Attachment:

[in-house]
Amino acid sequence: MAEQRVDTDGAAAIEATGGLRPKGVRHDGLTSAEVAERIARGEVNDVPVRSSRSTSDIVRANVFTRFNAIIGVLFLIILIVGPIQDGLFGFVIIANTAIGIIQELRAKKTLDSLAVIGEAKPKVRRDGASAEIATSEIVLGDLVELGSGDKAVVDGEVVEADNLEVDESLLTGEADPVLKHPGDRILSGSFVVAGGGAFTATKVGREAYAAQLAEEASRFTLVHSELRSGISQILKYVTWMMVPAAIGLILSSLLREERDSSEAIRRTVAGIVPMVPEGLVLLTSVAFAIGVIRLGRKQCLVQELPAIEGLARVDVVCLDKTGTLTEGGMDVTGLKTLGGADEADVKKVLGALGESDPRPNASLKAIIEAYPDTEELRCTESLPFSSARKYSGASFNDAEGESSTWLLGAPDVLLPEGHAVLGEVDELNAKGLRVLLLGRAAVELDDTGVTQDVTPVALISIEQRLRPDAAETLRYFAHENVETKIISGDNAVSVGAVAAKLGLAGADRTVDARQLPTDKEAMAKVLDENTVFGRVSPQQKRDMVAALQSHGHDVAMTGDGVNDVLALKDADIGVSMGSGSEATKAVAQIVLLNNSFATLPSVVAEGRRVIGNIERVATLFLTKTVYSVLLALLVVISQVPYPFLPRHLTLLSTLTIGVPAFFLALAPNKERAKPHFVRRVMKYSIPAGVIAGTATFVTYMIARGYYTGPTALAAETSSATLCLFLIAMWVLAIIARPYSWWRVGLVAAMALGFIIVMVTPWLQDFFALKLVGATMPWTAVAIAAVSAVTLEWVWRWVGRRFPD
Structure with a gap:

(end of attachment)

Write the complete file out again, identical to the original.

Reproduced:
[in-house]
Amino acid sequence: MAEQRVDTDGAAAIEATGGLRPKGVRHDGLTSAEVAERIARGEVNDVPVRSSRSTSDIVRANVFTRFNAIIGVLFLIILIVGPIQDGLFGFVIIANTAIGIIQELRAKKTLDSLAVIGEAKPKVRRDGASAEIATSEIVLGDLVELGSGDKAVVDGEVVEADNLEVDESLLTGEADPVLKHPGDRILSGSFVVAGGGAFTATKVGREAYAAQLAEEASRFTLVHSELRSGISQILKYVTWMMVPAAIGLILSSLLREERDSSEAIRRTVAGIVPMVPEGLVLLTSVAFAIGVIRLGRKQCLVQELPAIEGLARVDVVCLDKTGTLTEGGMDVTGLKTLGGADEADVKKVLGALGESDPRPNASLKAIIEAYPDTEELRCTESLPFSSARKYSGASFNDAEGESSTWLLGAPDVLLPEGHAVLGEVDELNAKGLRVLLLGRAAVELDDTGVTQDVTPVALISIEQRLRPDAAETLRYFAHENVETKIISGDNAVSVGAVAAKLGLAGADRTVDARQLPTDKEAMAKVLDENTVFGRVSPQQKRDMVAALQSHGHDVAMTGDGVNDVLALKDADIGVSMGSGSEATKAVAQIVLLNNSFATLPSVVAEGRRVIGNIERVATLFLTKTVYSVLLALLVVISQVPYPFLPRHLTLLSTLTIGVPAFFLALAPNKERAKPHFVRRVMKYSIPAGVIAGTATFVTYMIARGYYTGPTALAAETSSATLCLFLIAMWVLAIIARPYSWWRVGLVAAMALGFIIVMVTPWLQDFFALKLVGATMPWTAVAIAAVSAVTLEWVWRWVGRRFPD
Structure with a gap: